Chemus Interruptus II
The sucky thing about chemo is…
OK, I know that in the last post I just made friends with my chemo. And I know you read the title of this post and are like, “What? Chemo’s sucky? I never knew!” However, I have new information. See last Friday I posted a picture on Facebook of my little family after the 5K race, a fundraiser for my son’s elementary school. My son, 6 ran/walked his first 5K and I ran/walked it with him.
THEN, we ran the 1 mile FunRun hand in hand. The day before I worked out (weights, elliptical) and I was feeling good.
But 24 hrs after this picture, I was in bed with a fever of 102, mouth sores, achy bones, fatigue, sore throat, chest congestion, sinus congestion, constant ringing in my ears… you get the picture. I didn’t feel rosy. The thing is, I’m writing this from bed still. Today, 4 days later my fever finally broke. I left it in a puddle on the bed. I was supposed to start Chemo Round #4 on Monday, but instead was informed that I am sick because I am neutropenic – again. This time my white blood cell count / neutrophils dropped from 2300 to 700 in a week’s time. I ran a race on Friday and by Monday I am so ill because my immune system can’t fight off anything right now.
So, here it is… the crappy thing about chemo. It is so unpredictable. When my body is not violently reacting to it, I forget the chemo is there – still pulsing through my veins. So, I’m completely caught off guard when I then have a chemo-related effect. It’s not just that chemo makes me feel sick, but the chemo shreds my immune system so I catch actual viruses. I am sicky sickety sick but I have to get welly well well well by next Monday so that I can start chemo again. I have to try my best to get well so I can inject platinum into my veins (no kidding – cisplatin is platinum!). My poor little immune system is taking a beating. And it came out of nowhere – from one day to the next. I feel like I’m in some sci-fi movie or video game where I’m running along healthy, and some invisible guerrilla fighter shoots me with a cryptonite-like laser that freezes me and morphs me instantly into sickety sick sick sick. I did wake up with a sore throat on Saturday, and I did go to my son’s opening game of his baseball season, and it was 47 degrees and spitting. BUT I dressed like I was going to the arctic replete with an irish sweater, north face winter coat, pashima, hat, and blanket. I’m sorry, but I just couldn’t miss that game. Miss his first coach pitch with my husband coaching? Not an option. My husband John was coaching the same game in a long sleeve t-shirt with the team jersey over it. He’s fine. After 20 minutes in a steaming hot shower I still couldn’t warm up and – Boom!- there it is, a fever. And by the next day… all the other fun stuff listed in the cancer center’s guide to neutropenia. If it’s listed, I got it. My doctor said it was the neutropenia that got me sick, not the sick that got me neutropenic. And it’s the chemo that got me neutropenic.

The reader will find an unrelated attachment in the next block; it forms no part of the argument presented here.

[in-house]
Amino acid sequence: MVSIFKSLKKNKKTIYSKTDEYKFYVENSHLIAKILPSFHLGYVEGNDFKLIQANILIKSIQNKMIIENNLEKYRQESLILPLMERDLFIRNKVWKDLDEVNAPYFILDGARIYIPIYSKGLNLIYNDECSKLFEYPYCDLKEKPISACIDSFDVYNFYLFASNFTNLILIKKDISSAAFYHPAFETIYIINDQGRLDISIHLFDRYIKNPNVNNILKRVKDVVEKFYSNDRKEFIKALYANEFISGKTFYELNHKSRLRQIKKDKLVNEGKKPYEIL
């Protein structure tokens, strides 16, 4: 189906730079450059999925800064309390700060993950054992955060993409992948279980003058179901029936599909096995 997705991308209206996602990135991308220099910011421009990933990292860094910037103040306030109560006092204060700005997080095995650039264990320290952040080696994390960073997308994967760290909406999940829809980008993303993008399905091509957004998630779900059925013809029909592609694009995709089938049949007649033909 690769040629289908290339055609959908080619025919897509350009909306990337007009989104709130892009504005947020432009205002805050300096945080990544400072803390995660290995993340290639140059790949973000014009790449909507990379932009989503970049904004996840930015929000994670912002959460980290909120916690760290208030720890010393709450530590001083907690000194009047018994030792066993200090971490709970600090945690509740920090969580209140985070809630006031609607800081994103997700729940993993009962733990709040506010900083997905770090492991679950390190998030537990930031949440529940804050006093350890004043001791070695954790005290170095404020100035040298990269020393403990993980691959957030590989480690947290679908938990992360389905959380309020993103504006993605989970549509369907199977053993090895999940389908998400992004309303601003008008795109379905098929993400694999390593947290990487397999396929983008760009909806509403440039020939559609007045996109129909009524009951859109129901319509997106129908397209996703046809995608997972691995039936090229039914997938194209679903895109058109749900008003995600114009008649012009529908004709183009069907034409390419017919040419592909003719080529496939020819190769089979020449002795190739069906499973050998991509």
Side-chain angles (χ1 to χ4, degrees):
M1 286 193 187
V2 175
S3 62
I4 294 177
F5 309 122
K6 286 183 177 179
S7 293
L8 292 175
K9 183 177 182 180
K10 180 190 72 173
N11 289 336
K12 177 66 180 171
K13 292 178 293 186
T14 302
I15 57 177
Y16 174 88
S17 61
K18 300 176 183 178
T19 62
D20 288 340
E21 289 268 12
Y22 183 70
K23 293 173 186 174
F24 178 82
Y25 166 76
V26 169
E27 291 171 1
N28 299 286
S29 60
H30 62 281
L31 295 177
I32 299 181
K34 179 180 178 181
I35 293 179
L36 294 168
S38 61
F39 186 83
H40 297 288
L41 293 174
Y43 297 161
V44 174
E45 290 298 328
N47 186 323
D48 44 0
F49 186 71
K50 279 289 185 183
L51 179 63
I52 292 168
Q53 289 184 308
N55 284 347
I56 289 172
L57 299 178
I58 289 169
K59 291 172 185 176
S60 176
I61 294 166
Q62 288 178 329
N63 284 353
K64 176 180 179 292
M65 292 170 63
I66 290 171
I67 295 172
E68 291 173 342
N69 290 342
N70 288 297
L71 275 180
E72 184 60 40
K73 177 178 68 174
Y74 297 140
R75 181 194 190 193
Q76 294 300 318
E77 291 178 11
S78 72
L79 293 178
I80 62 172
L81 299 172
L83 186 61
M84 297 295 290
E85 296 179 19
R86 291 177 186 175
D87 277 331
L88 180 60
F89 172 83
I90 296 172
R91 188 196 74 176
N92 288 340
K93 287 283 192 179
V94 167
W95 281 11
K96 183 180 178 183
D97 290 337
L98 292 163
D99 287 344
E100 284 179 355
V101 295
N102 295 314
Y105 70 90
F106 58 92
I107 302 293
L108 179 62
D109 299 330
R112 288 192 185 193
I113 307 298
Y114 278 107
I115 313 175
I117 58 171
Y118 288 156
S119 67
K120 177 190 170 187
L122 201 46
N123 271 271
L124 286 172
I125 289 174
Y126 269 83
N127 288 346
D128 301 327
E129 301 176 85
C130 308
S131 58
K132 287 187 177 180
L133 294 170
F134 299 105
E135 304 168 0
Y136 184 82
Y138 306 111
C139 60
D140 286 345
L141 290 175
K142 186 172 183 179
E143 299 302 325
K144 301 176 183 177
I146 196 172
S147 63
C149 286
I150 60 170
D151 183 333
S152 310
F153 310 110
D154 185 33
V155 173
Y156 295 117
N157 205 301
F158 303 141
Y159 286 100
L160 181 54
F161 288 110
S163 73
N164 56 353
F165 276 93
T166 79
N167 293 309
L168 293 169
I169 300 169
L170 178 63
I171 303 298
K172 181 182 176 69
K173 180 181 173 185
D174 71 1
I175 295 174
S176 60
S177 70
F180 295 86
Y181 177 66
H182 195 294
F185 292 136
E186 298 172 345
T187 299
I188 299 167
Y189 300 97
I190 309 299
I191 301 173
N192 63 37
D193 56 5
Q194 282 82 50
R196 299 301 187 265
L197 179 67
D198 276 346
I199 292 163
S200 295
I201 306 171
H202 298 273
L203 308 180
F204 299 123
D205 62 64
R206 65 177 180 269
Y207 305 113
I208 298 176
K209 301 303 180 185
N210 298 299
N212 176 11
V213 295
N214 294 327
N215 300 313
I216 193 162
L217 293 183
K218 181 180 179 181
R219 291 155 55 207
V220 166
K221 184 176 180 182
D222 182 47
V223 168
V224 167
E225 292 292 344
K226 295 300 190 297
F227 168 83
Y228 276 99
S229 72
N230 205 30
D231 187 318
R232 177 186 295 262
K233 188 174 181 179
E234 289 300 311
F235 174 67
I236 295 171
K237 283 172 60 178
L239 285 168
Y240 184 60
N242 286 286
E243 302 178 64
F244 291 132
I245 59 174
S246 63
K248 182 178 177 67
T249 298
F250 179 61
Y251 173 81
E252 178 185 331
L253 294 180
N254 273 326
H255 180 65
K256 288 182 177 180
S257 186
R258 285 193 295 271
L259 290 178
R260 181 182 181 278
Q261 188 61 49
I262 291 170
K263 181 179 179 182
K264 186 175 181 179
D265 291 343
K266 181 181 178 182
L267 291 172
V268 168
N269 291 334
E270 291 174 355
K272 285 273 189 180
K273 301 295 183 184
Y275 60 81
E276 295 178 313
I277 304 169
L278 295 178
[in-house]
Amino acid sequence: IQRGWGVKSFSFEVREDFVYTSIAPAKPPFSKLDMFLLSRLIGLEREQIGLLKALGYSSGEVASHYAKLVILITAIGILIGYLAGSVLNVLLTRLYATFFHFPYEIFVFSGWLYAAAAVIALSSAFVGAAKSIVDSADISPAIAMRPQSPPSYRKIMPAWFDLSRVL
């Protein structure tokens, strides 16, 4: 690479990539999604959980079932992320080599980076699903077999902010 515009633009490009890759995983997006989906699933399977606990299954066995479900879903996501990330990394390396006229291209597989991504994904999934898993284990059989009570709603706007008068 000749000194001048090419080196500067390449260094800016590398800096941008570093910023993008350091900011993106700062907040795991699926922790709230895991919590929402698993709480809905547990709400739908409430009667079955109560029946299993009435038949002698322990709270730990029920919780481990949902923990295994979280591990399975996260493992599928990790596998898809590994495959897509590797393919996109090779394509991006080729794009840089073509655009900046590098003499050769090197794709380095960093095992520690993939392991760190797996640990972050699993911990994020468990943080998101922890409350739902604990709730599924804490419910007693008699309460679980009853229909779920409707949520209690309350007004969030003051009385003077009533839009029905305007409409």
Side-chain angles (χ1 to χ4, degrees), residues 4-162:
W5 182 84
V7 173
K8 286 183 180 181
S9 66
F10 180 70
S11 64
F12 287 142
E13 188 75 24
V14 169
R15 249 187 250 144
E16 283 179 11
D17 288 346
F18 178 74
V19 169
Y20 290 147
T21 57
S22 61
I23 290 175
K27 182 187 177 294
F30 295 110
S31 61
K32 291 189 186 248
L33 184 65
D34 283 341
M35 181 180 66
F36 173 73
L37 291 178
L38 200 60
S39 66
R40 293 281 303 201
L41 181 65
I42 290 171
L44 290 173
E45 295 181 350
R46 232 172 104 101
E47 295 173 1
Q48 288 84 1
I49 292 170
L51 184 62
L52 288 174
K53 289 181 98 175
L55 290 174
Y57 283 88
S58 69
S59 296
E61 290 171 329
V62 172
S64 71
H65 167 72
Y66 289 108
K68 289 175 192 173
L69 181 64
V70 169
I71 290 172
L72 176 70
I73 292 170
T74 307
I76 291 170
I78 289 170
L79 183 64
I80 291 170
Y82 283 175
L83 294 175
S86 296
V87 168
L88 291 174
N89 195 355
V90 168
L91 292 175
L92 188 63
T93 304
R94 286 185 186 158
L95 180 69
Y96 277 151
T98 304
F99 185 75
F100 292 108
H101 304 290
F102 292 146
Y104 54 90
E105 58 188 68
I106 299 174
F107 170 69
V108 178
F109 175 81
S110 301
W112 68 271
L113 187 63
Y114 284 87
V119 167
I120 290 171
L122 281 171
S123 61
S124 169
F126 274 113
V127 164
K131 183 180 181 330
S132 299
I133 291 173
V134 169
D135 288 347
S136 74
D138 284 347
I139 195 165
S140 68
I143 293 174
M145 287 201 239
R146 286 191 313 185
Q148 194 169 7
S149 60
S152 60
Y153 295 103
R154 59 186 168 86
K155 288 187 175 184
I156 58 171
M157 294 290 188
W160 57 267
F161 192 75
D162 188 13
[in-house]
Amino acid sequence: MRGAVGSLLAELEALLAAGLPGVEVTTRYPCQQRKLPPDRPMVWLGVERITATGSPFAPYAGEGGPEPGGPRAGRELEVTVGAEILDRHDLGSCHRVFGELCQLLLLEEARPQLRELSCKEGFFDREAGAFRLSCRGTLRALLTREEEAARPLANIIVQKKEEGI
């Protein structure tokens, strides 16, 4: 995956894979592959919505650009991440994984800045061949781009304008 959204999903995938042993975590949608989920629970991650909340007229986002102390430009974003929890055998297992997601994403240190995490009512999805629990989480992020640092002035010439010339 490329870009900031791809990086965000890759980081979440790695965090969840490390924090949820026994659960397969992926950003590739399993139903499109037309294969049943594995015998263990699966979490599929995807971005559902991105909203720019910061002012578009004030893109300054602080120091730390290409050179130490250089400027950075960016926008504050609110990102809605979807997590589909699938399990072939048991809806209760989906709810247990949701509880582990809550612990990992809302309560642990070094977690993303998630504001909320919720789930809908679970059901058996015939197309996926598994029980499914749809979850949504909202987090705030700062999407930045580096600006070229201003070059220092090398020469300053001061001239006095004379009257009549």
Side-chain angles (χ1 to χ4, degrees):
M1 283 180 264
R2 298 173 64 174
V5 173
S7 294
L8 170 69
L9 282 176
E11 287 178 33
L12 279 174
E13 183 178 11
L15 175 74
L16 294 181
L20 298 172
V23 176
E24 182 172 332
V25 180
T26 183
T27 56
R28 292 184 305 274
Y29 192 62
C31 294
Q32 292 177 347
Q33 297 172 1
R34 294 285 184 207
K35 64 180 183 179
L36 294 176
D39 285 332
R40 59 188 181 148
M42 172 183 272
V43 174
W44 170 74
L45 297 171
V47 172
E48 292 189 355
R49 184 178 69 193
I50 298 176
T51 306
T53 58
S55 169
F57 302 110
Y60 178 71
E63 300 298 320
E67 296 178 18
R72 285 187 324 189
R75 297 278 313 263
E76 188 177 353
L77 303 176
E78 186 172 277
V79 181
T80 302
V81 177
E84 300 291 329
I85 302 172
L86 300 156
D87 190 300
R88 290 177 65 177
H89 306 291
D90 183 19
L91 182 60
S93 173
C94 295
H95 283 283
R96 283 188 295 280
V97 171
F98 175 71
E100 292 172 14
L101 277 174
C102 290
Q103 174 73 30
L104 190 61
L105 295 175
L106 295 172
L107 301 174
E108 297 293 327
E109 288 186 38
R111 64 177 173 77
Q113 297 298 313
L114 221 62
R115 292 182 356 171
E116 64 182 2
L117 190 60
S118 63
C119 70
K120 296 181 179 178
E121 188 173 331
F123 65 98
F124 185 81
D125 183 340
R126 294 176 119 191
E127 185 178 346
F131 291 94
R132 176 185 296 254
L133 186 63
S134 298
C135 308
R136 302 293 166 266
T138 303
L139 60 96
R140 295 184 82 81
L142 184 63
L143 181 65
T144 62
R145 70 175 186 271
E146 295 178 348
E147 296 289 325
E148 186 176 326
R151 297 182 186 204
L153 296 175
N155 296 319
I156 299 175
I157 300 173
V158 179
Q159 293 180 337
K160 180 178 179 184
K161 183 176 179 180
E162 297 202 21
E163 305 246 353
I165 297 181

By yesterday (when I started writing this post) I had no voice, and my cough sounds like a gravely foghorn. The ringing in my ears (a potentially permanent side effect of this chemo) leaves me in a fog as well. Like when your flight lands and your ears haven’t popped yet so you feel like you’re walking in slow motion until they finally pop and every sound is loud and brassy. Mine just won’t pop, but I’m putting my energy into this state not being permanent. This was always part of the deal, though.
I’m on antibiotics in hopes of preventing a secondary bacterial infection, and pneumonia. If my #s are up on Monday I’ll start chemo Round #4, and 24-72 hrs. later I will receive a shot of Neulasta. That should boost my white blood cell count in my bone marrow. It’s not a nice shot – it leaves you with bone and muscle aches for @ 5 days but if it gives me more white dots, I’m there. I fear that this post is turning into a bit of whiny, woe is me. As we all know there are MUCH worse things going on in this world right now. What I am experiencing was always part of the deal.